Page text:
Whig

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Whig

 (wĭg, hwĭg)
n.
1. A member of an 18th- and 19th-century British political party that was opposed to the Tories.
2. A supporter of the war against England during the American Revolution.
3. A 19th-century American political party formed to oppose the Democratic Party and favoring high tariffs and a loose interpretation of the Constitution.

[Probably short for Whiggamore, , a member of a body of 17th-century Scottish Presbyterian rebels.]

Whig′ger·y n.
Whig′gish adj.
Whig′gism n.

Whig

(wɪɡ)
n
1. (Historical Terms) a member of the English political party or grouping that opposed the succession to the throne of James, Duke of York, in 1679–80 on the grounds that he was a Catholic. Standing for a limited monarchy, the Whigs represented the great aristocracy and the moneyed middle class for the next 80 years. In the late 18th and early 19th centuries the Whigs represented the desires of industrialists and Dissenters for political and social reform. The Whigs provided the core of the Liberal Party
2. (Historical Terms) (in the US) a supporter of the War of American Independence. Compare Tory
3. (Historical Terms) a member of the American political party that opposed the Democrats from about 1834 to 1855 and represented propertied and professional interests
4. (Government, Politics & Diplomacy) a conservative member of the Liberal Party in Great Britain
5. (Economics) a person who advocates and believes in an unrestricted laissez-faire economy
6. (Historical Terms) history a 17th-century Scottish Presbyterian, esp one in rebellion against the Crown
adj
(Historical Terms) of, characteristic of, or relating to Whigs
[C17: probably shortened from whiggamore, one of a group of 17th-century Scottish rebels who joined in an attack on Edinburgh known as the whiggamore raid; probably from Scottish whig to drive (of obscure origin) + more, mer, maire horse, mare1]
ˈWhiggery, ˈWhiggism n
ˈWhiggish adj
ˈWhiggishly adv
ˈWhiggishness n

Whig

(ʰwɪg, wɪg)

n.
1. a member of a political party in Great Britain (c1679–1832) that favored reforms and parliamentary authority.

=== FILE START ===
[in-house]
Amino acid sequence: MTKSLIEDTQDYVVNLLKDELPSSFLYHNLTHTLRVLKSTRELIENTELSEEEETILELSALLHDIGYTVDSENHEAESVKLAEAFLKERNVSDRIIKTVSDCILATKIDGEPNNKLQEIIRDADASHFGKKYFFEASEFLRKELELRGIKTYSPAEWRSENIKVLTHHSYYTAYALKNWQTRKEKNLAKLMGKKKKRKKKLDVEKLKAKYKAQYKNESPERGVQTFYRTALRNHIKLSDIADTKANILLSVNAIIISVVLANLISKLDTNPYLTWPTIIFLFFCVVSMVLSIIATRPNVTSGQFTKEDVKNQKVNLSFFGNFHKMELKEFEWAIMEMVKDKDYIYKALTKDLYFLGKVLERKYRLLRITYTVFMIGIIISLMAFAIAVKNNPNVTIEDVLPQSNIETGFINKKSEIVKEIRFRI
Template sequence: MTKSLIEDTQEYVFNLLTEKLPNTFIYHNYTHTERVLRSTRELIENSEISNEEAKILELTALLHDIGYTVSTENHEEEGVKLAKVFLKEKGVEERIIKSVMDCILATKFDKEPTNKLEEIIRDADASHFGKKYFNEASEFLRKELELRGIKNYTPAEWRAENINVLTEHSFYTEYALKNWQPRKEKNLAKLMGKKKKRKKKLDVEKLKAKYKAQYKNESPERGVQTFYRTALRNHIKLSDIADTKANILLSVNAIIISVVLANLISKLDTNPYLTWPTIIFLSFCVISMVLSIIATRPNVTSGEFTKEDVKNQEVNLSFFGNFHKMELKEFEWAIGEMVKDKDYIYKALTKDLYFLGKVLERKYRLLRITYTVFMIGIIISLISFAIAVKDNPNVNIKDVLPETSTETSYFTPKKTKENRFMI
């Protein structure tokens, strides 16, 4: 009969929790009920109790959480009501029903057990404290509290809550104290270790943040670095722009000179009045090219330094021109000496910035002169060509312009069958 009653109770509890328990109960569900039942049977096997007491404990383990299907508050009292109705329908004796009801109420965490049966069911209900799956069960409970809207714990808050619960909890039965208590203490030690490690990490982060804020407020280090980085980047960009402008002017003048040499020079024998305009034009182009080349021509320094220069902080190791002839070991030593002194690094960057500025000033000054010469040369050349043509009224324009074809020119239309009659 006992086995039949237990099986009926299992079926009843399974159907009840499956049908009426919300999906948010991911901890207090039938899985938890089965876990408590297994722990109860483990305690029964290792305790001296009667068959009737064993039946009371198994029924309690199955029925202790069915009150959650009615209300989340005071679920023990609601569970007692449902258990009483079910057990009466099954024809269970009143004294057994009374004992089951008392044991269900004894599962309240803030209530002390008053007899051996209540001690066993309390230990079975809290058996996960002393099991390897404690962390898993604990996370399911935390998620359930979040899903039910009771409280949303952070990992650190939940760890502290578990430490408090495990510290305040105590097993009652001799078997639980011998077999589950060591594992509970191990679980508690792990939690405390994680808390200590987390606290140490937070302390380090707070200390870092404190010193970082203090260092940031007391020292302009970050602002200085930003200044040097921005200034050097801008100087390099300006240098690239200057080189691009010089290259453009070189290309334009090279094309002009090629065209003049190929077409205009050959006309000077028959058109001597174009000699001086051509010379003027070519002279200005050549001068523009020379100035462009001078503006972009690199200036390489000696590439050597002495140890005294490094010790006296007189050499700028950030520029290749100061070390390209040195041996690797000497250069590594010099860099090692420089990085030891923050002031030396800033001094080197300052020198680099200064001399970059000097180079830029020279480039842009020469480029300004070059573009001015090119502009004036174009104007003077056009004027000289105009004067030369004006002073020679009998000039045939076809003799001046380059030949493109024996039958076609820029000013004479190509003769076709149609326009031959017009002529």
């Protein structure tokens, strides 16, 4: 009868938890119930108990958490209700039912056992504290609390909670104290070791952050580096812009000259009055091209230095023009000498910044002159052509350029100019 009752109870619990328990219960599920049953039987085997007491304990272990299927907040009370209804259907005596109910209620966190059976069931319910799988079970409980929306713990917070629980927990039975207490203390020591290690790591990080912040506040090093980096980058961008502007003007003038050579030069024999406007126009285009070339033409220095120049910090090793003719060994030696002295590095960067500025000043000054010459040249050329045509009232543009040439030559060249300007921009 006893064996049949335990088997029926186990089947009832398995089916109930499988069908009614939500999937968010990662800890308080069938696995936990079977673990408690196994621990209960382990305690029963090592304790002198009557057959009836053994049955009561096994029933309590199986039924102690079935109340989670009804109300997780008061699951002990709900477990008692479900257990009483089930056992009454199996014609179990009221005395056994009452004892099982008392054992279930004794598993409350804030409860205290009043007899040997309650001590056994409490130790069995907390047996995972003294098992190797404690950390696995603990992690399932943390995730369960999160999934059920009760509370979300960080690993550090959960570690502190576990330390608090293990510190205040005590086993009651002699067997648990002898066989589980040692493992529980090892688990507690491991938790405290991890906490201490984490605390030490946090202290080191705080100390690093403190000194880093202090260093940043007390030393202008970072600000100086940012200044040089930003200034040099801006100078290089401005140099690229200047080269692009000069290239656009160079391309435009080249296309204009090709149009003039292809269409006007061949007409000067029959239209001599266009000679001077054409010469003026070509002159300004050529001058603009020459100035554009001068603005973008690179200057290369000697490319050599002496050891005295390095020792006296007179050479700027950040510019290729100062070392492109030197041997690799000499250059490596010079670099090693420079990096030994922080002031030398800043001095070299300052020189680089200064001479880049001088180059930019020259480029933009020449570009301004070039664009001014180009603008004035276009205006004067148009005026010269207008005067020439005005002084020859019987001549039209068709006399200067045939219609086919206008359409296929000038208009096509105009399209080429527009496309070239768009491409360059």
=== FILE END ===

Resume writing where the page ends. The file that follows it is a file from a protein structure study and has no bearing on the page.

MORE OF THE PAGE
2. a member of a U.S. political party (c1834–55) formed in opposition to the Democratic Party and favoring high tariffs and a weak presidency.
3. an American colonist who supported the American Revolution.
adj.
4. of, pertaining to, or characteristic of Whigs.
[1635–45; earlier, a Covenanter, hence an opponent of the accession of James II; of uncertain orig., though probably in part a shortening of whiggamaire (later whiggamore), a participant in the Whiggamore Raid, a march against the royalists in Edinburgh launched by Covenanters in 1648]
Whig′gish, adj.
ThesaurusAntonymsRelated WordsSynonymsLegend:
Noun1.Whig - a member of the political party that urged social reform in 18th and 19th century England; was the opposition party to the Tories
Englishman - a man who is a native or inhabitant of England
liberal, liberalist, progressive - a person who favors a political philosophy of progress and reform and the protection of civil liberties
2.Whig - a supporter of the American Revolution
admirer, booster, protagonist, supporter, champion, friend - a person who backs a politician or a team etc.; "all their supporters came out for the game"; "they are friends of the library"
3.Whig - a member of the Whig Party that existed in the United States before the American Civil War
pol, political leader, politico, politician - a person active in party politics
Translations

Whig

[wɪg] (Pol, Hist)
A. N político liberal de los siglos XVII y XVIII
B. ADJliberal

Whig

(Brit Hist)
n frühere Bezeichnung für ein Mitglied der liberalen Partei, → Whig m
adj attrWhig-; Whig governmentWhig-Regierung f
References in classic literature ?
Though he was always at heart a thorough-going Dissenter and Whig, he served all the successive governments, Whig and Tory, alike; for his character and point of view were those of the
Merchants formed the leadership of both the emerging Whig and Tory parties in the late 1670s and early 1680s.
Moreover, if the two more famous panegyrics manage occasionally to transcend Whig and Tory propaganda and should therefore carry the "primary political label" of Moderation, (53) A Hymn to Victory, as I have attempted to demonstrate, steps away from divisive party-politics even more clearly, not least in its attack on (High Tory) extremism.
As a woman "forbidden to interfere in politics," Hemans illustrates precisely how to interfere, denying the binary power of Whig and Tory establishment thought to point toward her goals of integrating and transcending party divisions.
Supposedly we should be able to "see this evolution as the cooperative achievement of all humanity, whig and tory, assisting in spite of themselves." Might we also notice here something akin to Hegel's World Spirit, which works through human fumbling to bring about happy outcomes?
The New Labour Government arguably has the worst record on undermining the freedoms of the British people of any peacetime administration since the heyday of the Chartist movement: then Whig and Tory governments built military barracks to curb dissent; today New Labour builds surveillance databases.
Thus Butterfield brings to his history of English liberty a non-ideological interpretation by concluding that both Whig and Tory now claim the fruits of the same tradition.